The producers and casting agents all dart their eyes at each other. Finally Rita speaks. "Sweetie, you gotta lose some weight." She shrugs like it's nothing. "Ten to fifteen pounds, I'd say."

The fedora guy adds, "And you need to upgrade your look." Everyone's eyes at the table travel down my body. "You need something more … aspirational."

I stand grounded before them, as if my feet are glued to the linoleum. Their eyes have all left me now, going back to their papers and the next girl they bring in here. The next girl whose dreams they will shatter.

"Thanks for coming in, Madison," Rita says curtly.

"It's Addison," I mutter. I force my body to move toward the door. I can feel my chin begin its telltale quivering. I'm trying my very best to hold it together as I leave the audition room and step out into the waiting room, where more than a dozen girls are sitting, watching each of us come out that door, hoping for failure so that they'll have a shot. I can't show them any emotion.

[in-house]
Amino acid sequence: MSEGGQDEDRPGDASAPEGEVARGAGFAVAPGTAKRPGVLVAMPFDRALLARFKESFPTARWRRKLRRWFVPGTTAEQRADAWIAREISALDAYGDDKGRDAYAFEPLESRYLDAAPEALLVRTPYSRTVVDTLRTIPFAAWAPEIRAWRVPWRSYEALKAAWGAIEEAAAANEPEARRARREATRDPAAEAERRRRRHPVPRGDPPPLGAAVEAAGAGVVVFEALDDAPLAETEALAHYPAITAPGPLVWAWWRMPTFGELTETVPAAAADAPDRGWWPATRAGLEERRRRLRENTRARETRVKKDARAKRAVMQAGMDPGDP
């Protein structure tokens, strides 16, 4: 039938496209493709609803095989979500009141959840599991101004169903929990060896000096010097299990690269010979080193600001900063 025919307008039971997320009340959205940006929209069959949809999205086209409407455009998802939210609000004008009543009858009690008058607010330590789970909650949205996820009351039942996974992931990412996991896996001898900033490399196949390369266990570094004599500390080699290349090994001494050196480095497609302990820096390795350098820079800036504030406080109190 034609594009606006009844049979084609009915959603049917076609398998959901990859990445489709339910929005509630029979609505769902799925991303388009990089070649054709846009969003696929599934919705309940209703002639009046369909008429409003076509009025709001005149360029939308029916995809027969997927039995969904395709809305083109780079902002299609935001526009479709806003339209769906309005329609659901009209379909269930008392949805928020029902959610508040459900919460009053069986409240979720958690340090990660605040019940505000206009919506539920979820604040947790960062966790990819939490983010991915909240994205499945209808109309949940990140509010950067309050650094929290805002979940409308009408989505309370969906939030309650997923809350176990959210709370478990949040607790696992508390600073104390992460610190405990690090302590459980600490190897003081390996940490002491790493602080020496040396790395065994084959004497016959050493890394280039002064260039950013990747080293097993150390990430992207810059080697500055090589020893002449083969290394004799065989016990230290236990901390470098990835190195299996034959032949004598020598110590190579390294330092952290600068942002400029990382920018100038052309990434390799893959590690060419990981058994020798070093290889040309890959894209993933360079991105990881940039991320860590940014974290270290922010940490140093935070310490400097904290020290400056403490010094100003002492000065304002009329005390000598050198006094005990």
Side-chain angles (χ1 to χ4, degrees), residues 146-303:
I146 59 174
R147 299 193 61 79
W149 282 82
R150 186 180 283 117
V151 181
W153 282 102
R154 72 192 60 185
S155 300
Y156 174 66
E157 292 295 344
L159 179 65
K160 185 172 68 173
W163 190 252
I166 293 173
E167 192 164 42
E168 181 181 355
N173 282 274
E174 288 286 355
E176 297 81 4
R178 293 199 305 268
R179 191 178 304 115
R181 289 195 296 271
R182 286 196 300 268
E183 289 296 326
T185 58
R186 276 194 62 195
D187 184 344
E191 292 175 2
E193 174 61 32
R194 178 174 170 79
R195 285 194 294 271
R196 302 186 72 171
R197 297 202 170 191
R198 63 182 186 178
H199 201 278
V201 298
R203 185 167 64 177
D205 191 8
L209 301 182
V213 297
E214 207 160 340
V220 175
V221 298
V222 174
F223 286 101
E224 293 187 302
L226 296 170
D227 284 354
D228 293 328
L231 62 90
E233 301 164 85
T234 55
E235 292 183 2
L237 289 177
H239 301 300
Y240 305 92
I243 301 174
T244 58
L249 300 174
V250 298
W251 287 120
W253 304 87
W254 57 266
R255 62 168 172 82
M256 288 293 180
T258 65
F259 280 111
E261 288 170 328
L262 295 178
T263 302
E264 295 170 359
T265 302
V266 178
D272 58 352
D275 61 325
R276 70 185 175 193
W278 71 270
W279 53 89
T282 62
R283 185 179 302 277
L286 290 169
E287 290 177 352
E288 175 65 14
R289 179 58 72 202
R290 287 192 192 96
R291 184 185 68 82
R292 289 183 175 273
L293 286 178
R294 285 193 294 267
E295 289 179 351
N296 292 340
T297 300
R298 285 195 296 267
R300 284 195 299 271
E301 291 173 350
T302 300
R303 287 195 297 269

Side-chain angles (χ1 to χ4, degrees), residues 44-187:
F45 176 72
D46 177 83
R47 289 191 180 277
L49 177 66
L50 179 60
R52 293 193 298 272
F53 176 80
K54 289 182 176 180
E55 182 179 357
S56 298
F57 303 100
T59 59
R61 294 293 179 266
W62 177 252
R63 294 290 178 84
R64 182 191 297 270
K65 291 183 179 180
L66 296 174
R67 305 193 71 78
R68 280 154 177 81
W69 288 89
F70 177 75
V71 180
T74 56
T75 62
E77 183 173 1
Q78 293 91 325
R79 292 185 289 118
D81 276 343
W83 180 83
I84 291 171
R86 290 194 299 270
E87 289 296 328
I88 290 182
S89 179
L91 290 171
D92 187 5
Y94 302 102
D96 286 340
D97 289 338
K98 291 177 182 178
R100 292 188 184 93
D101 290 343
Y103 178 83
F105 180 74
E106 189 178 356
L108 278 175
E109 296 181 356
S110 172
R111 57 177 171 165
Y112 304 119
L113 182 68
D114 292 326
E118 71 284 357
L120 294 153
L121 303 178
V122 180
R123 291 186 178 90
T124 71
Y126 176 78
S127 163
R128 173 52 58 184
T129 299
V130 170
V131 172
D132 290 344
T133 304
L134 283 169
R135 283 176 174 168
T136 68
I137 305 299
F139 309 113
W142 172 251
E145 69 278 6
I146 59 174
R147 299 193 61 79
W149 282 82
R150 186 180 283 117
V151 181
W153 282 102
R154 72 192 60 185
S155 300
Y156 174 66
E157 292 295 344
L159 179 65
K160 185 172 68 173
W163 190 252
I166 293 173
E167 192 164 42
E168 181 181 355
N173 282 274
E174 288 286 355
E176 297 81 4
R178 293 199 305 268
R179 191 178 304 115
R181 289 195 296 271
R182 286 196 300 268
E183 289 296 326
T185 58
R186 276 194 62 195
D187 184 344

Ten to fifteen pounds … something more aspirational …

That's when the gates open and tears begin their free-flowing stream down my face. Instantly my nose is filled with snot, I can hardy see through the tears and I just need to get the hell out of here.

I know I'm not model thin.

But I believe that not every girl has to look alike in this industry. There should be enough roles for all of us.

I also believe I am a good actor. I did well in my program at the University of Oregon. My professors said I had real talent. They said I could make it. So with nothing left for me in my home state after graduation-my parents didn't even wave goodbye as I left town-I came down here, arriving in my clunker on fumes with a hope and a dream like so many others. I thought I'd be different from all those sad stories.

Turns out the only thing different about me is the extra fifteen pounds.